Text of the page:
The following is a post that I wrote as a guest blogger for greenmarketing.tv in July 2010.
Cross-posted from greenmarketing.tv:
For the majority of small businesses, the business case for sustainable and energy efficiency just isn’t strong enough to make any real investments. Most articles and analysis discuss how going green can help a business reduce its energy costs and improve its brand recognition and popularity. However, it can be difficult for small and medium enterprises (SMEs) to sign off on projects that have projected payback periods of three years when they are concerned about having cash on hand three months now.
If one focuses entirely on these more obvious benefits of sustainability, it can make it difficult to believe that we will reach a tipping point on small business sustainability anytime soon. However, there are a number of added benefits to sustainability and energy efficiency that are often overlooked but that can help SMEs reap tangible, short-term dividends on their investments. These include improved productivity, a decrease in lost time to sick days, and being better equipped to recruit talented employees.
Several studies have shown that energy efficient upgrades and sustainable building practices can improve employee productivity significantly. According to a 2003 study from the Center for Building Performance and Diagnostics at Carnegie Mellon, taking steps to improve indoor air quality and installing energy efficient lighting both have strong positive effects on productivity. Enabling workers to control air temperature at their workstations increased their productivity anywhere from 3.5-36.6%. By installing high-efficiency lighting fixtures, businesses can experience a 3-13.2% increase in worker productivity. Taking advantage of natural light also has its benefits. The report notes that utilizing daylighting can improve productivity 3-18% and even increase sales by as much as 40%. Taken together, these numbers can represent a considerable advantage for any small business, especially considering that the EPA estimates that even a 1% increase in the productivity of office workers is enough to offset the costs of such upgrades.
A second major benefit of sustainability and energy efficiency comes from the added value of countering what is commonly known as Sick Building Syndrome.” Many businesses work in facilities that were not built in a sustainable manner. They have poor ventilation, lack access to natural light, and contain equipment and materials that release large amounts of volatile organic compound (VOCs). All of this can take a serious toll on the health and well being of employees, as indoor air quality leads to a number of health issues. Fortunately, green buildings go a long way towards mitigating these issues, providing businesses with considerable added value in the process. According to a 2009 article in the Journal of Sustainable Real Estate, green buildings produce an average financial benefit of $37-55 per square foot of facility space for businesses. This is due to the face that better indoor air quality improves productivity by 6-9% and reduces sick days by 2.88 days annually, per worker. The average value added to a business per worker is $6,432.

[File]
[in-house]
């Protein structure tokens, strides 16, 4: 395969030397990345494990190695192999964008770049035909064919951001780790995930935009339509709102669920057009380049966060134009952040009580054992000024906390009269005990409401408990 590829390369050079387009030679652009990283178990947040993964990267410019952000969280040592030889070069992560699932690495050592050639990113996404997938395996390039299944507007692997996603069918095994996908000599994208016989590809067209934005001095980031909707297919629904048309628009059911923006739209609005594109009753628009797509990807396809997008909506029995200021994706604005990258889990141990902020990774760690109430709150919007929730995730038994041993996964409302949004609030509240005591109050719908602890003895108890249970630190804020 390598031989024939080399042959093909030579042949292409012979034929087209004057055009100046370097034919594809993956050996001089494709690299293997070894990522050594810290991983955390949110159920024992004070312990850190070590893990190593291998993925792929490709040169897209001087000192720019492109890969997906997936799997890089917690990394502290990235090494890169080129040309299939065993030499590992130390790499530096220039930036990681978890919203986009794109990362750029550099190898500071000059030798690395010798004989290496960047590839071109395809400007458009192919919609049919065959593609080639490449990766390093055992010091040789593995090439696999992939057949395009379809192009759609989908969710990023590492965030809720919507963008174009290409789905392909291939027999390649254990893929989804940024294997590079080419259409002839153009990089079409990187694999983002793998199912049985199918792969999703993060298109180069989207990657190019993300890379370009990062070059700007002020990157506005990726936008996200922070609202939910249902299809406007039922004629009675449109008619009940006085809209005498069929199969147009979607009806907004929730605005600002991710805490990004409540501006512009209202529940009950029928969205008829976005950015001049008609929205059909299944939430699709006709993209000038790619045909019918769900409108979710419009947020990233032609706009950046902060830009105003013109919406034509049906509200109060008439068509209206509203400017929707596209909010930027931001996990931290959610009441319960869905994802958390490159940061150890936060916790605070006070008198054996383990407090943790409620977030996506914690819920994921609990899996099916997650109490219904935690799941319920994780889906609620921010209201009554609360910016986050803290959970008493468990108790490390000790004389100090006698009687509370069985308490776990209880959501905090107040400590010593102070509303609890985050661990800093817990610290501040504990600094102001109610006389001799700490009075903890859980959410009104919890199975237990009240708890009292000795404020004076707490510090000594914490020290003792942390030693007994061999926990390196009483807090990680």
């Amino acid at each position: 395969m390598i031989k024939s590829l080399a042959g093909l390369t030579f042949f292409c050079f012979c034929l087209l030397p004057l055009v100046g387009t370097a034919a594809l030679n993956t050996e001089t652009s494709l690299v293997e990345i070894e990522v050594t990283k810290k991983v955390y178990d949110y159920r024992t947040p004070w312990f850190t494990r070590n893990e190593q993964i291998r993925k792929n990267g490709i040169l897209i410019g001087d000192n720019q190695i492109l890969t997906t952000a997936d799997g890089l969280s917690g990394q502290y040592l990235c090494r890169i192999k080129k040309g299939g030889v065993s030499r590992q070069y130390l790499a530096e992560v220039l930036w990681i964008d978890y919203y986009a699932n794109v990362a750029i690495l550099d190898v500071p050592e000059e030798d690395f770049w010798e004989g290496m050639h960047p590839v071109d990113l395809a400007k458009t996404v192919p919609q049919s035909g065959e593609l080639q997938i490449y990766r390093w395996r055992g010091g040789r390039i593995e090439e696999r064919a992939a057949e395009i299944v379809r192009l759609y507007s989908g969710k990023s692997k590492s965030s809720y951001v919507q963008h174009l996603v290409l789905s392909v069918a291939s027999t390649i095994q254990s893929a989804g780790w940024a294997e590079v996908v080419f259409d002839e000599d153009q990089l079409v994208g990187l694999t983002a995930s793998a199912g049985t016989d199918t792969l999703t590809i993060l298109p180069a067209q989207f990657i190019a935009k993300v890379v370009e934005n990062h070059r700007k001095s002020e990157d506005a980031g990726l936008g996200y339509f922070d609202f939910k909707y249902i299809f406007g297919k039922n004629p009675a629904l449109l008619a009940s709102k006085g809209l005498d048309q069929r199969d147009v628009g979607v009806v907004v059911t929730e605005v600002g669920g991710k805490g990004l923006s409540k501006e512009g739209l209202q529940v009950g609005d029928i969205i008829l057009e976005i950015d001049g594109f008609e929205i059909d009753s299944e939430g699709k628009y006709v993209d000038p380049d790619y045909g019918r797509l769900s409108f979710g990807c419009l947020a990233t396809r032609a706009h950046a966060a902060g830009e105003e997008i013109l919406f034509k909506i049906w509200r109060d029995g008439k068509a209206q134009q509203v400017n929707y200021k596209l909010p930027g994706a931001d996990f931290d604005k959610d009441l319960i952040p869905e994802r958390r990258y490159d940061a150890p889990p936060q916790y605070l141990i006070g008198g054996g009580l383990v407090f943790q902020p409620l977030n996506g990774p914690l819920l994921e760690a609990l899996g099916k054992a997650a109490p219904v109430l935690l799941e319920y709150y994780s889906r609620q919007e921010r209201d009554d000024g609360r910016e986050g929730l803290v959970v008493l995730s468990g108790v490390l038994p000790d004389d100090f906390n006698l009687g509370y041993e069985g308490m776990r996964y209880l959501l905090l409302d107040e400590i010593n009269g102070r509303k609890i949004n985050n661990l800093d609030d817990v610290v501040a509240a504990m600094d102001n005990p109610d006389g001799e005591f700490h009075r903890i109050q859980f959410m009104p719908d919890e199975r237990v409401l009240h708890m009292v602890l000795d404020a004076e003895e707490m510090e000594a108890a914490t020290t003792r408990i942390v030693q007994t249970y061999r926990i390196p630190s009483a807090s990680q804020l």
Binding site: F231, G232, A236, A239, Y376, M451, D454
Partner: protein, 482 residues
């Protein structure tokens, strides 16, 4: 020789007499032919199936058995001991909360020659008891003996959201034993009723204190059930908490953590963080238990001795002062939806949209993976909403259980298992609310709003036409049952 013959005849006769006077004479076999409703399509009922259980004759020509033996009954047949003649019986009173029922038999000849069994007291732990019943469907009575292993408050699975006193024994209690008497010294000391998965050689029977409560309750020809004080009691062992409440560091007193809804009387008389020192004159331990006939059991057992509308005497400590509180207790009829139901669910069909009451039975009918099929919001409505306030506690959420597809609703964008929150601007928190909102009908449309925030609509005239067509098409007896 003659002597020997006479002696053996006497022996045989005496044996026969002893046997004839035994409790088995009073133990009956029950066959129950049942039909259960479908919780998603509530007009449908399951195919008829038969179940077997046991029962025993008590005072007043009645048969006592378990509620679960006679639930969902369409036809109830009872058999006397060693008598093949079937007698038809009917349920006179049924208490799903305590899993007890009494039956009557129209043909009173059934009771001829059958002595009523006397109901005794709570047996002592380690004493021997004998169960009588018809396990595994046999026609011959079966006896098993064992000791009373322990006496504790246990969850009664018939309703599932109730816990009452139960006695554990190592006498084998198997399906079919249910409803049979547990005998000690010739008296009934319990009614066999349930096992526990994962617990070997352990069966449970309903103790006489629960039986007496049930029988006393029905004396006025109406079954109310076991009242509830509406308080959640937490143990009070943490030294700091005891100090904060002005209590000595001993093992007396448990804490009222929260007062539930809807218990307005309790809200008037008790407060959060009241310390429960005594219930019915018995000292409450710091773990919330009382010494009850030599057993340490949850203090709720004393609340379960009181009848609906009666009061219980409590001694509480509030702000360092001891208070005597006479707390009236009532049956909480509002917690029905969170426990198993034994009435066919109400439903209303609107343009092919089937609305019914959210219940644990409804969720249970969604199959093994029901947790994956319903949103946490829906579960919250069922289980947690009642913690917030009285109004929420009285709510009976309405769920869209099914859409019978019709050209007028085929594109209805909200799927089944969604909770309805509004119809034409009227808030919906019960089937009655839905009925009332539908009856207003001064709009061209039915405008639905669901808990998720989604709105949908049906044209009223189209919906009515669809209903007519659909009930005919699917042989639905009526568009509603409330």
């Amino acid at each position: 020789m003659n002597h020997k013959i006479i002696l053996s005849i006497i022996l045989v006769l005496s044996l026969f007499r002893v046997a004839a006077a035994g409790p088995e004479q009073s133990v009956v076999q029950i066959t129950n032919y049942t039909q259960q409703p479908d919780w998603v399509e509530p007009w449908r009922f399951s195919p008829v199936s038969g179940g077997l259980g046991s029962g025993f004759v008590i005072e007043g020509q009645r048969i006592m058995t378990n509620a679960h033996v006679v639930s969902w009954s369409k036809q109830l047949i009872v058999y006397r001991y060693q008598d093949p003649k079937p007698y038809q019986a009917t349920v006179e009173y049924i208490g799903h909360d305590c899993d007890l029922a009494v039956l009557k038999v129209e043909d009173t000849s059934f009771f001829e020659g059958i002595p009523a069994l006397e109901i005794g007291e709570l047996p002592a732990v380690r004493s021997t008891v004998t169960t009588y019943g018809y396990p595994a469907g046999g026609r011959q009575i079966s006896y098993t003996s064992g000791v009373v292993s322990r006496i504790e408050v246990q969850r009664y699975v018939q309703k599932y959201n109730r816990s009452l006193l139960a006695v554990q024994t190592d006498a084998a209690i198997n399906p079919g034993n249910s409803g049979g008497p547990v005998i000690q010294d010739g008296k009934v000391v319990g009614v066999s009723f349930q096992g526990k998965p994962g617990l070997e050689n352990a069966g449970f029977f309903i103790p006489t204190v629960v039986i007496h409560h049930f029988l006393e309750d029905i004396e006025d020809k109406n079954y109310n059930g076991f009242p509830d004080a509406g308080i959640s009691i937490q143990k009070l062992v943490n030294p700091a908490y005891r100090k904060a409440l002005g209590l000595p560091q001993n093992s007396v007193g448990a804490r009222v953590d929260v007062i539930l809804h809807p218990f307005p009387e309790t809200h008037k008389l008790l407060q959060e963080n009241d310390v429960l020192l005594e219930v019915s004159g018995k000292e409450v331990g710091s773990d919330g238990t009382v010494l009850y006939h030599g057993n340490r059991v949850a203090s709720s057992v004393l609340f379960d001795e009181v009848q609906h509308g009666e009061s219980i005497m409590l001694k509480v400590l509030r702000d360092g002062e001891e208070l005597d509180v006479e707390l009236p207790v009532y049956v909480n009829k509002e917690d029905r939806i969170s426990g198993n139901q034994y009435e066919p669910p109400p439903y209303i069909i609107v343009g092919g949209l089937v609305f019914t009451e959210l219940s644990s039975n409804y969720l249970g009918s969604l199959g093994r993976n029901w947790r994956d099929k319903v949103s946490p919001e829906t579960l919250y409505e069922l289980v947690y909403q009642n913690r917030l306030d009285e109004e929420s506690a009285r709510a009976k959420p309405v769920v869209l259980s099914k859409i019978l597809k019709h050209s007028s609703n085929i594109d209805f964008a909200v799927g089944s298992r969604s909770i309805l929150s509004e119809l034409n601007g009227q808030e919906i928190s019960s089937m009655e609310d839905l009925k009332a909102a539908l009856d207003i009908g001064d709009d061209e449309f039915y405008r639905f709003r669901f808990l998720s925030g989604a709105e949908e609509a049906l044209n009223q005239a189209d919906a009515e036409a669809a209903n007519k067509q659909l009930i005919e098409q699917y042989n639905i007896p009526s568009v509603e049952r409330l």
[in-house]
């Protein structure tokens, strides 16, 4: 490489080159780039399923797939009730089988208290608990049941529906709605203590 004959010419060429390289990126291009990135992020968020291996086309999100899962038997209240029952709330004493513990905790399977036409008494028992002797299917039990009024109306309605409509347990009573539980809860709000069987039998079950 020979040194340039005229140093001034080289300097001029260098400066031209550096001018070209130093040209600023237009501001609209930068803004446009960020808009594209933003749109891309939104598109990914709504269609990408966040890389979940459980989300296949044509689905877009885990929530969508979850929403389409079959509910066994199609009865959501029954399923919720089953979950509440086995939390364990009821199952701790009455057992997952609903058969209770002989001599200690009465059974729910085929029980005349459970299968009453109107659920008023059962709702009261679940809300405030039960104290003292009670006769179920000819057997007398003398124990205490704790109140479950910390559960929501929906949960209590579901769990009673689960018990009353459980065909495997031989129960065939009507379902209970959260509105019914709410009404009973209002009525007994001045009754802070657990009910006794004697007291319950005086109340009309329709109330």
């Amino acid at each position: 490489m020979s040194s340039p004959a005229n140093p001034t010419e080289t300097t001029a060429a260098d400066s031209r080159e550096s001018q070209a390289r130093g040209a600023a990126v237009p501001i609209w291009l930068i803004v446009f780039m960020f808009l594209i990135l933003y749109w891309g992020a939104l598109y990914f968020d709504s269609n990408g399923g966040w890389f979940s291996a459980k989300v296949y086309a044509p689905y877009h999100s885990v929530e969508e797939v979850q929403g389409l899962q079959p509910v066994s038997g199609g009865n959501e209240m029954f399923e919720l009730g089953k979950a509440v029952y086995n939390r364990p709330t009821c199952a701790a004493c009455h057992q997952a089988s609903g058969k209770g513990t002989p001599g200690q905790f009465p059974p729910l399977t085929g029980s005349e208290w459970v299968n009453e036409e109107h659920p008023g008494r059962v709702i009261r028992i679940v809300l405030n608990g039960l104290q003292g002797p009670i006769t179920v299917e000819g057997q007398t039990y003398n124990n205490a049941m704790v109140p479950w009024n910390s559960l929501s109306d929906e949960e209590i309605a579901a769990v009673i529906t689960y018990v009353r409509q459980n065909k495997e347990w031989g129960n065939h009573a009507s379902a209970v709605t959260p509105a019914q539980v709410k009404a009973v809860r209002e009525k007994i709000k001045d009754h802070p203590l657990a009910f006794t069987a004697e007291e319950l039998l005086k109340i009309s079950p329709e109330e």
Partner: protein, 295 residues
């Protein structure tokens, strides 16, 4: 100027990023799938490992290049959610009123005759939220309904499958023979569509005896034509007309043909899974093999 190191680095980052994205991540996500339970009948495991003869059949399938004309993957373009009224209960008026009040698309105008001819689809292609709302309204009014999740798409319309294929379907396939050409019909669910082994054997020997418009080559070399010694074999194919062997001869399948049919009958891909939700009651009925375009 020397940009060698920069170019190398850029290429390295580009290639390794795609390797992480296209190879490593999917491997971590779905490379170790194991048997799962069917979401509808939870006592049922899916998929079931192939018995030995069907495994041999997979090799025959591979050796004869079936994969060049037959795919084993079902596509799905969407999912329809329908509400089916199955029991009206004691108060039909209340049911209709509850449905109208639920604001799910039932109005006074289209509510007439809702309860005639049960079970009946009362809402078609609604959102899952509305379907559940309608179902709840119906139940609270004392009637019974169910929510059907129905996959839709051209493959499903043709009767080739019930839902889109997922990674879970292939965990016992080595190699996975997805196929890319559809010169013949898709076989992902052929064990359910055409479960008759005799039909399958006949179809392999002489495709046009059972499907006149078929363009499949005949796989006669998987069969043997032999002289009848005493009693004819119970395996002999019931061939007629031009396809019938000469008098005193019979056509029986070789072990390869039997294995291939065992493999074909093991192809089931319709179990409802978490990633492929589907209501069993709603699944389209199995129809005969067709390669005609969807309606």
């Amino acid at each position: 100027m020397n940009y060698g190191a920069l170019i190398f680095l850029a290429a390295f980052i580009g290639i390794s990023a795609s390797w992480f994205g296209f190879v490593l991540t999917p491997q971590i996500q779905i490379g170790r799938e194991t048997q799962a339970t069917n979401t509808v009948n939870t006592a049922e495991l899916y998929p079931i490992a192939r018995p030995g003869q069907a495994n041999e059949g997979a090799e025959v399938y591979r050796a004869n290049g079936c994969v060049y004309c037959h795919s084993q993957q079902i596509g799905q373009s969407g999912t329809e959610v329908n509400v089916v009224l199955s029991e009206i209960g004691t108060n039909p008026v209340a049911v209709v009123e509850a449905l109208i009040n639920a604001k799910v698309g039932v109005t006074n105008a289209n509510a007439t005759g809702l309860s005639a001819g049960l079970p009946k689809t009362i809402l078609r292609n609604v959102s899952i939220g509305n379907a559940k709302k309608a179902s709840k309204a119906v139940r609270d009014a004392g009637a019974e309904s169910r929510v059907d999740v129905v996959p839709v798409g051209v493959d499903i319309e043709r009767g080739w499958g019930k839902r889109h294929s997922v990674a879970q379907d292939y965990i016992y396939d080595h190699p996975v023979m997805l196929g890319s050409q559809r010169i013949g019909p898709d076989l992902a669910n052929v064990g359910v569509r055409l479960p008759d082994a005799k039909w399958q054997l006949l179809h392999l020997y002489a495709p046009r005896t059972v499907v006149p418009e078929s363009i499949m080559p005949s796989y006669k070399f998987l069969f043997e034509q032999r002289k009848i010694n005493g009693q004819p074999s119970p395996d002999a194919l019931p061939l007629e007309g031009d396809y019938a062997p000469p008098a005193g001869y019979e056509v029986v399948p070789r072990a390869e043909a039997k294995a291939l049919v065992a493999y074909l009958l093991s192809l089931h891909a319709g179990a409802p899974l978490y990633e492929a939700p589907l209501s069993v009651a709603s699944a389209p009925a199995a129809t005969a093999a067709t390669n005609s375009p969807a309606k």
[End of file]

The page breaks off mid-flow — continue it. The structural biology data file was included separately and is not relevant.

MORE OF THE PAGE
Third, sustainable businesses are better equipped to recruit the best employees. A recent study from Johnson Controls provides strong evidence that Generation Y is highly concerned about the environment and expects employers to become more sustainable. Ninety-six percent of Generation Y respondents said they want their employer to be environmentally friendly or at least environmentally aware, and large percentages — 47.4% and 47%, respectively — would like to see water saving features and solar panels on site. But it’s not just Gen Y workers who are increasing their commitment to sustainability in the workplace. The study noted that 98% of 26-35 year old respondents want their employers to be environmentally friendly or aware. This suggests that SMEs ignore sustainability at their own risk, particularly in this time of economic uncertainty.
I recognize that many SMEs still struggle to find a convincing argument to make the move towards sustainability. But going green is not some altruistic move that SMEs should make just because of personal beliefs or commitments — it is a smart business decision that will make them more competitive in the long run, one that they may not be able to afford to pass up.